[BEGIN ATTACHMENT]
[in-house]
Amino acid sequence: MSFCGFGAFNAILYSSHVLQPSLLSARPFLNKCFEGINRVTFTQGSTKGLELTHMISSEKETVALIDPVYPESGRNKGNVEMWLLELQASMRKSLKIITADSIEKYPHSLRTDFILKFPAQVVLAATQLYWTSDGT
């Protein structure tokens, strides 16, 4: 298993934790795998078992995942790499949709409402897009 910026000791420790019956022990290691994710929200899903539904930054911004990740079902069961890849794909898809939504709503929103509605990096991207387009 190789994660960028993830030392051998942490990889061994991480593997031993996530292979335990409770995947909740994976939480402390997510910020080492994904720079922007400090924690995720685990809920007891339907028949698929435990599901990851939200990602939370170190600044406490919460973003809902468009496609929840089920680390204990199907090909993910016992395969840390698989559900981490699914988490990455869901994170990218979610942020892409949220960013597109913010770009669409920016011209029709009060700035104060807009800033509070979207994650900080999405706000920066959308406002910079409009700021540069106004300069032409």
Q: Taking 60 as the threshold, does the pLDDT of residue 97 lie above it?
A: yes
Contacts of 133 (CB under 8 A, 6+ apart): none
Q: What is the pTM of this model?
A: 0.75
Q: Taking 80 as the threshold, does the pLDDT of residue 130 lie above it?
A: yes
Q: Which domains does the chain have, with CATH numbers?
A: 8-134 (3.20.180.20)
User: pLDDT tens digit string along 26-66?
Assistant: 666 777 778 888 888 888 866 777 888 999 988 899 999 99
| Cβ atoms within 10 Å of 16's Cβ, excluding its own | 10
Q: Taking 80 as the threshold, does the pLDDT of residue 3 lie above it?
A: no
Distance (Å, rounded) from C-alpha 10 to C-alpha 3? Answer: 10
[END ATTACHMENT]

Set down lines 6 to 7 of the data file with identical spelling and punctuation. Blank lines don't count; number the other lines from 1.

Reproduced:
Contacts of 133 (CB under 8 A, 6+ apart): none
Q: What is the pTM of this model?